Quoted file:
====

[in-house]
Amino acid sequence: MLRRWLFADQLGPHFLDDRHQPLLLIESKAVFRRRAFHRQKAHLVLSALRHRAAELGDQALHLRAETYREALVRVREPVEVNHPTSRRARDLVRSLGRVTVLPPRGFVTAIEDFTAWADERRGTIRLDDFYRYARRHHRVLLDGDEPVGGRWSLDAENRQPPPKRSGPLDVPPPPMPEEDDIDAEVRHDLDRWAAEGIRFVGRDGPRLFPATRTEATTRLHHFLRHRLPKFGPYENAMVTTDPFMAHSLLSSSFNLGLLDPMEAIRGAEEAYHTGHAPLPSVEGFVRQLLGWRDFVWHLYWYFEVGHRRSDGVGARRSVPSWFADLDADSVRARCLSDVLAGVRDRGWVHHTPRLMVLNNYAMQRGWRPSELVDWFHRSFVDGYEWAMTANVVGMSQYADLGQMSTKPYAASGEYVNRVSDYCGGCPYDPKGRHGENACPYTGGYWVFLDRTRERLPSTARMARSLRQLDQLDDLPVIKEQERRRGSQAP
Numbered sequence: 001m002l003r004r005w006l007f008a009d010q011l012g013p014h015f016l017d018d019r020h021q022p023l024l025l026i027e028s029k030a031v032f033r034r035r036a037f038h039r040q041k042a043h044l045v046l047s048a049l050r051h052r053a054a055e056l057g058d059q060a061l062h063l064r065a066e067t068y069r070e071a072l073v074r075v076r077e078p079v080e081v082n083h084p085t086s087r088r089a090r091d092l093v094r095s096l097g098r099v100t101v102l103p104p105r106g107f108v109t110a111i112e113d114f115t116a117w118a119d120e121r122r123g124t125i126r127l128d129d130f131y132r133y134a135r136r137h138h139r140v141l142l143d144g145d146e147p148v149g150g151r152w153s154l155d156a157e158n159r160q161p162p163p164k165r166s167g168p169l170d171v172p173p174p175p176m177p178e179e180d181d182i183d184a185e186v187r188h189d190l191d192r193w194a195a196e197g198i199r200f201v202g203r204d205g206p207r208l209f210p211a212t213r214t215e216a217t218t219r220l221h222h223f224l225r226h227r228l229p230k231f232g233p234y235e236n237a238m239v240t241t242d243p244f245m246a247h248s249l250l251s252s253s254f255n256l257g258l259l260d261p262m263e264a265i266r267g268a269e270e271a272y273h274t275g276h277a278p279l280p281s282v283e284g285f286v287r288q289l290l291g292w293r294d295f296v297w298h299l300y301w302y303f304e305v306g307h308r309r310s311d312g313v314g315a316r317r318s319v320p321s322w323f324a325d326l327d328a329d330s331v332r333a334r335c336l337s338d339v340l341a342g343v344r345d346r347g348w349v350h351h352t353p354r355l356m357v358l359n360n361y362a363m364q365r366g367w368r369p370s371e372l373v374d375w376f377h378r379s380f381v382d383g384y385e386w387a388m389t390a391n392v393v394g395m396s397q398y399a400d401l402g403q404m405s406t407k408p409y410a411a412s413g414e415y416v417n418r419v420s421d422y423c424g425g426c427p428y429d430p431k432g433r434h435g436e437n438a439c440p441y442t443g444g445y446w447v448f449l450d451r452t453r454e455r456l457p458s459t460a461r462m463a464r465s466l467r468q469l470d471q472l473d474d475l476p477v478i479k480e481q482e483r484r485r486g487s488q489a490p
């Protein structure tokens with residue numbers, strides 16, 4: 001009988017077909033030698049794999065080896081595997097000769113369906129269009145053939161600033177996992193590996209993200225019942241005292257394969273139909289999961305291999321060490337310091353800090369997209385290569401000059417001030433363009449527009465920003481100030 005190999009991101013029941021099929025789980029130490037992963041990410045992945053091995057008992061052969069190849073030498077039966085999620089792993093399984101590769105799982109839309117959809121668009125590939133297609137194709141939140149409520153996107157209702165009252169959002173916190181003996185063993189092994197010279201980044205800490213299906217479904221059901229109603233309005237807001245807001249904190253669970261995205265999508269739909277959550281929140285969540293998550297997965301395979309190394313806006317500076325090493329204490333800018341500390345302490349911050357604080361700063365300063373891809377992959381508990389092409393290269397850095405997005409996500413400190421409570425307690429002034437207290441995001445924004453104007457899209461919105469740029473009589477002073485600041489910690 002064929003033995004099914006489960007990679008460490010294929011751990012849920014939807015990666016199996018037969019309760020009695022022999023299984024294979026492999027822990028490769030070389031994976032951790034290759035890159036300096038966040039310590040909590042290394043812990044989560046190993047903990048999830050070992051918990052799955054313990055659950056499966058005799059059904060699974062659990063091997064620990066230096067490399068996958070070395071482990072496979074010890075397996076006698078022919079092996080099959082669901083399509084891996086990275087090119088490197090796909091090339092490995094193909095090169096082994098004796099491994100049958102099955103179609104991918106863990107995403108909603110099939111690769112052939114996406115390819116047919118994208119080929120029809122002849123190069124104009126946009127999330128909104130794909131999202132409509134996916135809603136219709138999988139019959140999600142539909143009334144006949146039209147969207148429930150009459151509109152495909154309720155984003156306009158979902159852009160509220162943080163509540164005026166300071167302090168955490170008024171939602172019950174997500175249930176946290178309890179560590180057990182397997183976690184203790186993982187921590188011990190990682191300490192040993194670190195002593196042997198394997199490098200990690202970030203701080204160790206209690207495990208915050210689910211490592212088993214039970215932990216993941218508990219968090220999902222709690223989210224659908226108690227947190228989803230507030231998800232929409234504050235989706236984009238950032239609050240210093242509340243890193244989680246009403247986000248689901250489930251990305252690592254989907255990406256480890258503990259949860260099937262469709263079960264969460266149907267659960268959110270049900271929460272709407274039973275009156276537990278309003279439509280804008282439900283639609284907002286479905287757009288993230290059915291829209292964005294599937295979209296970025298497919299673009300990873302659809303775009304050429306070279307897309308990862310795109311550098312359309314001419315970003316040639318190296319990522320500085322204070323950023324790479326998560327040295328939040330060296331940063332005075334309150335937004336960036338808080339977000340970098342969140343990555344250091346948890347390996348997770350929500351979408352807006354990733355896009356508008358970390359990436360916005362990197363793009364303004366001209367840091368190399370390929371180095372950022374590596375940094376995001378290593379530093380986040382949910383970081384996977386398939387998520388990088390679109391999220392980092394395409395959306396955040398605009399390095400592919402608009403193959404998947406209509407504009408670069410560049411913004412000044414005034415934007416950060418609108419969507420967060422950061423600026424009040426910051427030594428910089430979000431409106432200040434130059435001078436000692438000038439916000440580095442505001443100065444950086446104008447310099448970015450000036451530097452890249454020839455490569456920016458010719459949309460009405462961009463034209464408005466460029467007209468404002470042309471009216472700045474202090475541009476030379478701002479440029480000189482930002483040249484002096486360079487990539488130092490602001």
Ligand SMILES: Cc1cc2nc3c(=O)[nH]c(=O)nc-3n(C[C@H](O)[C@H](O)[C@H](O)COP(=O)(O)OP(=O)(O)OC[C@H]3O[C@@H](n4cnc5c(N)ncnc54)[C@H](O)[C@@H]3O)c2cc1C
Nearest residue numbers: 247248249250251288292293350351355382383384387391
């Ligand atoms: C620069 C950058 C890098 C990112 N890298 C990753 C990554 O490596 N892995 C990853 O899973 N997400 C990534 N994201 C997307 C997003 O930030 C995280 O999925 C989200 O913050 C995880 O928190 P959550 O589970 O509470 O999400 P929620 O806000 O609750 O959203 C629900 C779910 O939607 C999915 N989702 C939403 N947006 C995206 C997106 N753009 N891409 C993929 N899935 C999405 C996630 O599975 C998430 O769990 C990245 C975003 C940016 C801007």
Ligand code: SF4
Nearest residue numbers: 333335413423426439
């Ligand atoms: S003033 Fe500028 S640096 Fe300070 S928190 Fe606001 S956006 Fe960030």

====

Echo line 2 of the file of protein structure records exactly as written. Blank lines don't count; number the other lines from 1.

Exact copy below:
Amino acid sequence: MLRRWLFADQLGPHFLDDRHQPLLLIESKAVFRRRAFHRQKAHLVLSALRHRAAELGDQALHLRAETYREALVRVREPVEVNHPTSRRARDLVRSLGRVTVLPPRGFVTAIEDFTAWADERRGTIRLDDFYRYARRHHRVLLDGDEPVGGRWSLDAENRQPPPKRSGPLDVPPPPMPEEDDIDAEVRHDLDRWAAEGIRFVGRDGPRLFPATRTEATTRLHHFLRHRLPKFGPYENAMVTTDPFMAHSLLSSSFNLGLLDPMEAIRGAEEAYHTGHAPLPSVEGFVRQLLGWRDFVWHLYWYFEVGHRRSDGVGARRSVPSWFADLDADSVRARCLSDVLAGVRDRGWVHHTPRLMVLNNYAMQRGWRPSELVDWFHRSFVDGYEWAMTANVVGMSQYADLGQMSTKPYAASGEYVNRVSDYCGGCPYDPKGRHGENACPYTGGYWVFLDRTRERLPSTARMARSLRQLDQLDDLPVIKEQERRRGSQAP